And since 1991, the use of Accutane has increased without a significant effect on pregnancy rates, the company observes. "The number of pregnancy reports has not increased appreciably during this period of greater Accutane use," Hoffmann-La Roche says.
But company officials have begun taking additional action. In February, Hoffmann-La Roche began to distribute pregnancy tests to doctors who prescribe the drug. And in June, the company began implementing a "targeted" awareness program, aimed specifically at women of childbearing age.
That's not surprising, considering that Accutane is Hoffmann-La Roche's second largest revenue generator. At the meeting, the company will also ask the committee members to endorse a new once-a-day formulation meant to make the dosing schedule more convenient for patients.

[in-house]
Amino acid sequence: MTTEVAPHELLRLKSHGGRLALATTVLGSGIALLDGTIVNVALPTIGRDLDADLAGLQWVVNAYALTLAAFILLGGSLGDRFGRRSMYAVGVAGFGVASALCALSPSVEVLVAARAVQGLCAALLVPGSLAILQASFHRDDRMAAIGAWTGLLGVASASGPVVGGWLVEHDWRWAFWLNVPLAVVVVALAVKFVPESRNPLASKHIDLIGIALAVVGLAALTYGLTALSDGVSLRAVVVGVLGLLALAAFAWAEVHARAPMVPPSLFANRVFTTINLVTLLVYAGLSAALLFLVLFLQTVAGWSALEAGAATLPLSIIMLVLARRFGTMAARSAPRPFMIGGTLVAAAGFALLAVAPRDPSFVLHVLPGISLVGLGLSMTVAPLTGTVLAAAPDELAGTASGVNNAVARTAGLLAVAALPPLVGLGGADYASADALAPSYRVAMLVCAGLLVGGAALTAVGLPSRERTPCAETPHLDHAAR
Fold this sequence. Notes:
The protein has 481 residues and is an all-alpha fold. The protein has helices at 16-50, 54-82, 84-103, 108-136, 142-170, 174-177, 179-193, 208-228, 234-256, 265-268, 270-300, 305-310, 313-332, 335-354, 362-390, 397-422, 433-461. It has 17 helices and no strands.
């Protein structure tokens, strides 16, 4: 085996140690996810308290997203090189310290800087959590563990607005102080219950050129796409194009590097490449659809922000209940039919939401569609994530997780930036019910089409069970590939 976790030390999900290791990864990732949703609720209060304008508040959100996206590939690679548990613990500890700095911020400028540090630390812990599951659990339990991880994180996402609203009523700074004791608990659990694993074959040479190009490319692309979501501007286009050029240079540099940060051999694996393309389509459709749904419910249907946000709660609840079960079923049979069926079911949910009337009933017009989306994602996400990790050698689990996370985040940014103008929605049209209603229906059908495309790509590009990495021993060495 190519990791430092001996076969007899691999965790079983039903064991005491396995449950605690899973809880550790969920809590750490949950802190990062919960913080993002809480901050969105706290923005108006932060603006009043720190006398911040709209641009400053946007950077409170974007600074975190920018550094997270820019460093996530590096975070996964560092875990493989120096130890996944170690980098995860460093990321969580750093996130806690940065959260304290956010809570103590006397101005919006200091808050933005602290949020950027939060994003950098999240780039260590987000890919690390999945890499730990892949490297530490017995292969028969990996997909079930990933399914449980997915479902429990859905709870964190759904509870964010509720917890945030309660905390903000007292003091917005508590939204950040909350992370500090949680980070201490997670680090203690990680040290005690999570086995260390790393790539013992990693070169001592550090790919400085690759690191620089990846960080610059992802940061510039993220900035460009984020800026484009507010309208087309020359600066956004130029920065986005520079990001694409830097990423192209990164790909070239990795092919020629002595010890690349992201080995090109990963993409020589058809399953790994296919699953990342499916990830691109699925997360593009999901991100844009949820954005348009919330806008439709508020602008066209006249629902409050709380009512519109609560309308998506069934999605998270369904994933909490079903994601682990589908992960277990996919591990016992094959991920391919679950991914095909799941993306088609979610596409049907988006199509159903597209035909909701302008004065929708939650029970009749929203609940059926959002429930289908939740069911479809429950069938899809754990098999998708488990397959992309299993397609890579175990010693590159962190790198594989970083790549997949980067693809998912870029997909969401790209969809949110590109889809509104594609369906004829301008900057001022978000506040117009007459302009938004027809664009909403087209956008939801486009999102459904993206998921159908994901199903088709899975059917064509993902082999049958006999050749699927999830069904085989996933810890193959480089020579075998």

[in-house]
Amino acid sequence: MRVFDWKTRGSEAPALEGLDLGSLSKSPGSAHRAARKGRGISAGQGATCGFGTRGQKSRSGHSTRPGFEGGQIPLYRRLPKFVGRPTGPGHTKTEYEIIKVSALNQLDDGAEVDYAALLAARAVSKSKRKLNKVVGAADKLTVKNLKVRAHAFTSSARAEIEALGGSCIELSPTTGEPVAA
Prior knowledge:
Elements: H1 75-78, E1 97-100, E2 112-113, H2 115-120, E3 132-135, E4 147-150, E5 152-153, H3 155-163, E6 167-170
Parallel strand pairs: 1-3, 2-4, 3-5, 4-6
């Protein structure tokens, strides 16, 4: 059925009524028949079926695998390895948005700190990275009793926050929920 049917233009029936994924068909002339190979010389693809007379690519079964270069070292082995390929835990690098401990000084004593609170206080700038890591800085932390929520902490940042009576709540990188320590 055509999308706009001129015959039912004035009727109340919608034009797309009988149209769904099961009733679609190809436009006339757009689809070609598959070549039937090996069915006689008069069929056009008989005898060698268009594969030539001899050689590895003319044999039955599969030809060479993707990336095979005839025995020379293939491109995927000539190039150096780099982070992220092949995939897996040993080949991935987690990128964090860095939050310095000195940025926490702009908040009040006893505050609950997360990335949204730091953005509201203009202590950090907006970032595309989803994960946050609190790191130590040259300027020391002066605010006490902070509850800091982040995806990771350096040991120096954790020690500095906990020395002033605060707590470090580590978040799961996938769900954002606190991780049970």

For its part, the FDA is also looking to ask its expert advisory committee whether additional warnings are needed to outline other potential side effects of the medication, such as depression and psychosis.
But before the FDA takes any action, it will have to overcome professional objections. Further restrictions are opposed by the American Academy of Dermatology (ADD), which is concerned that they would make Accutane difficult for patients to obtain.
"Since the product's introduction in 1982, Accutane has proven to be the only medication that safely and effectively controls cystic acne, the most serious form of this skin disease," says Richard Scher, MD, president of the ADD. "Education, not regulation, is the key to safe use of this drug to protect women of childbearing age."